Personal Essays

To Live and Love in Beautiful Alabama

Erik Estrada wants us to buy land, Ron Popeil wants us to shoot our salad. Promising a better life—free of ills financial and otherwise—when infomercials air on a Sunday morning, the effect can be downright spiritual.

Would you like to own your very own property in beautiful Alabama? That’s right, beautiful Alabama, with some of the best golf courses in all of Alabama.

As I sit on the couch on the wrong side of the sunrise, I think that just maybe I would. I nosh on nuts, freshen my vodka, and listen to Erik Estrada sell me on waterfront property in beautiful Alabama, and I seriously consider whether it might be worth it to buy an acre in beautiful Alabama. It’s dirt cheap, and maybe I could do some jet skiing. Then again, Erik reminds me, it’s an excellent investment property, so I wouldn’t actually have to live there, which is a comforting thought for a New Yorker. Still, I might want to consider habitation—after all, we’re talking about beautiful Alabama here. The cats sprawl companionably next to me on the couch, dreaming of a beautiful Alabama yard where they could torment mice and pee with privacy.

The next morning, pores oozing booze, my stomach quivering with unhappiness, I tell my husband that in the lightening violet of predawn, while he slept the easy sleep of the non-drunk, I really wanted to buy land in beautiful Alabama. I think I’m being funny. He rolls his eyes and walks out of the room on his toes, ostensibly because the floor is cold, but also, I suspect, to limit contact with the floor through which I am obviously plugged into a current of craziness.

He knows why. Putting aside Erik Estrada’s dubious charms, it’s the infomercial itself that has hooked me. Technically, the infomercial is a form of direct-response marketing that debuted back in 1984 when the FCC eased restrictions on the commercial content of the airwaves. Thus, we endlessly witnessed the Ginsu knife slice a soup can in half and then delicately, almost flensingly, sliver a tomato.

In 2005, infomercials were a $182 billion industry, according to the Electronic Retailers Association, a trade organization founded in 1991 as the National Infomercial Marketing Association. Last fall it honored the thigh-spirited Suzanne Somers with its Lifetime Achievement Award. A private company, the Nielsen-like Infomercial Monitoring Service, Inc., tracks an astonishing 25,000 hours of infomercials every month on 40 cable, satellite, and broadcast television channels. There are only 720 hours in the average month. At any moment, then, at least 35 infomercials are airing, each one inviting you to de-cat the couch, fit in your pants, flip real estate, and have it all because you deserve it. The mind reels, the eyes bleed.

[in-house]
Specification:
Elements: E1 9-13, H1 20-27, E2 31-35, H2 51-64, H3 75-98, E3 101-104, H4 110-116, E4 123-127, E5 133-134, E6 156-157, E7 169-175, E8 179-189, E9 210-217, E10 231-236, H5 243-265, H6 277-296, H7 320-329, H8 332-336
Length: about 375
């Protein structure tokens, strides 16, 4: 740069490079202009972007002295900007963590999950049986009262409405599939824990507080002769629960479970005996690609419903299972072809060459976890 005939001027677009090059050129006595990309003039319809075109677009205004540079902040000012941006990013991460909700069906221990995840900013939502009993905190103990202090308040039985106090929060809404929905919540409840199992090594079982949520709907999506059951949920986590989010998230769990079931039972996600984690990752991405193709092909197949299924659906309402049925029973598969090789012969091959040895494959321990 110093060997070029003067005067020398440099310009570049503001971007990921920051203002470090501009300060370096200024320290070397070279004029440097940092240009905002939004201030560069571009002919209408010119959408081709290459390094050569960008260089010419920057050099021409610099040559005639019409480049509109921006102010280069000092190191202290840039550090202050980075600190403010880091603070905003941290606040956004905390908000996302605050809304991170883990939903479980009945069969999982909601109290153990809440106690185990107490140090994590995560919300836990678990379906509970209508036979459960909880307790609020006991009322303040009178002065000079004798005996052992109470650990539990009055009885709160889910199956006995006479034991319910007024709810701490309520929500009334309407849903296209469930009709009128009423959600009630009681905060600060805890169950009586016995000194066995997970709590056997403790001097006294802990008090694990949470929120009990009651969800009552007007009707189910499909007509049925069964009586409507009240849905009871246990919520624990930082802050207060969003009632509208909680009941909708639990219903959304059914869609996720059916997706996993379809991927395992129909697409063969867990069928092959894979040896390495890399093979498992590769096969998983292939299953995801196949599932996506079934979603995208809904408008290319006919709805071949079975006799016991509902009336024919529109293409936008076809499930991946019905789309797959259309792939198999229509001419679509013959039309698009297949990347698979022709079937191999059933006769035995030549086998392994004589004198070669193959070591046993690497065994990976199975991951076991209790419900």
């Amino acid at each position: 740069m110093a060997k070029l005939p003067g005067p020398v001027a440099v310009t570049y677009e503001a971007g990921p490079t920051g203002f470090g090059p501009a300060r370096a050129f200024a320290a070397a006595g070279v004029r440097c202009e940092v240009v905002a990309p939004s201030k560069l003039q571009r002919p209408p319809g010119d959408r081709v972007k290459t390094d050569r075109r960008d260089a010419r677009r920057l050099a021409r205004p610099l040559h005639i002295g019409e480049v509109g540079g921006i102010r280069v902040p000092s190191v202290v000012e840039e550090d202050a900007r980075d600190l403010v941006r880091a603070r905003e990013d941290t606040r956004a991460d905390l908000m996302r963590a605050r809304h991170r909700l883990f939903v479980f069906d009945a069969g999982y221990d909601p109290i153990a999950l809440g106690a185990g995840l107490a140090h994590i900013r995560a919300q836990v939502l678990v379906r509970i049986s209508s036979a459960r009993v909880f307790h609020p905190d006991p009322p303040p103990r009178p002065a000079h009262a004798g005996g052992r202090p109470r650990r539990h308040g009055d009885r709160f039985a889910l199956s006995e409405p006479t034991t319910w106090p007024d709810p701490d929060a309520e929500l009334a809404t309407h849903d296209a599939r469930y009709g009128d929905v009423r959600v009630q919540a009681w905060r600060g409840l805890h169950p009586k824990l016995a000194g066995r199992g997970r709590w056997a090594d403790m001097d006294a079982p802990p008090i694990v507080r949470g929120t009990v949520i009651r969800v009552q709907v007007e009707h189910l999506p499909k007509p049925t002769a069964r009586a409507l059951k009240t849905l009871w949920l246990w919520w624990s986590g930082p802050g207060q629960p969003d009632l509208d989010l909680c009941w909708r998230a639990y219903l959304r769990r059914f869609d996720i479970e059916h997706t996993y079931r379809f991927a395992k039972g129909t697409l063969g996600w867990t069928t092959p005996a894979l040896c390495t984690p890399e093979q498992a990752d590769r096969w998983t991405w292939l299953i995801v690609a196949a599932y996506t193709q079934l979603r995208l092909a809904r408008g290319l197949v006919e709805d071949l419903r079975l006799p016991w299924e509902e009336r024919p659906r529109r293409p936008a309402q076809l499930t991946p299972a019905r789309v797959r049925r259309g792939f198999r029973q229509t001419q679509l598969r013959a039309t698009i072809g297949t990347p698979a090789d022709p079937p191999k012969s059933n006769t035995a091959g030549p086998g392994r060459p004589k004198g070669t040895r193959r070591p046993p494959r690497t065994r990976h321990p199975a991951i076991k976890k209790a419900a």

But the infomercial is so much more than a marketing tool. It is the American dream itself. It distills the red-white-and-blue ideal to its relativistic essence—newer, better, faster, cheaper, easier—and hard-sells it with hallelujah. The infomercial is the very apogee of televangelism, its flocks more believing than Jimmy Swaggart’s, more tithing than Creflo Dollar’s.

The awesome miracles they testify to are ones that relieve the prosaic terrors of daily life—rent checks cleared, that thing on my neck gone, someone rising on shaky legs from a wheelchair. There are crude attempts to tap this religious fervor directly, of course. Take the man I call God Juicer (real name: Peter Popoff). He hawks what I call, quite logically, God Juice, which he claims is from a spring in Russia. How promising. When I think about hope, peace, and redemption, I always think of the home of Solzhenitsyn, Dostoevsky, and Tolstoy, don’t you? This panacea comes packaged in a clear, retro-style chemist’s bottle with a bandeau-like label. To sell it, God Juicer first perches in an easy chair before a backdrop of bookshelves—he’s a learned man, you see—and extorts me to put my hand on the television, to feel the power coming through the screen, to touch the very pneuma of Jesus. He commands, “Get the Egypt out of you!”

He then brings relief directly to a hoi polloi assembled in a rented hall, horned in on all sides by folding chairs. These believers bring out a mean, uncharitable part of me. They are too loud, too shiny with sweat and need, too heavy and lumpy and badly dressed, with tear-squirting eyes and flailing limbs, with walkers and wheelchairs and bad hips and hope rendered crude and grasping by its very depth, like sacks of fruit whose bottoms have gone rotten. They are too poor, too bereft, too taxing to my compassion. I feel pity and scorn at the same time, a bundle of badness tied up with self-loathing. The awesome miracles they testify to are ones that relieve the prosaic terrors of daily life—rent checks cleared, that thing on my neck gone, every once in a while someone rising on shaky legs from a wheelchair.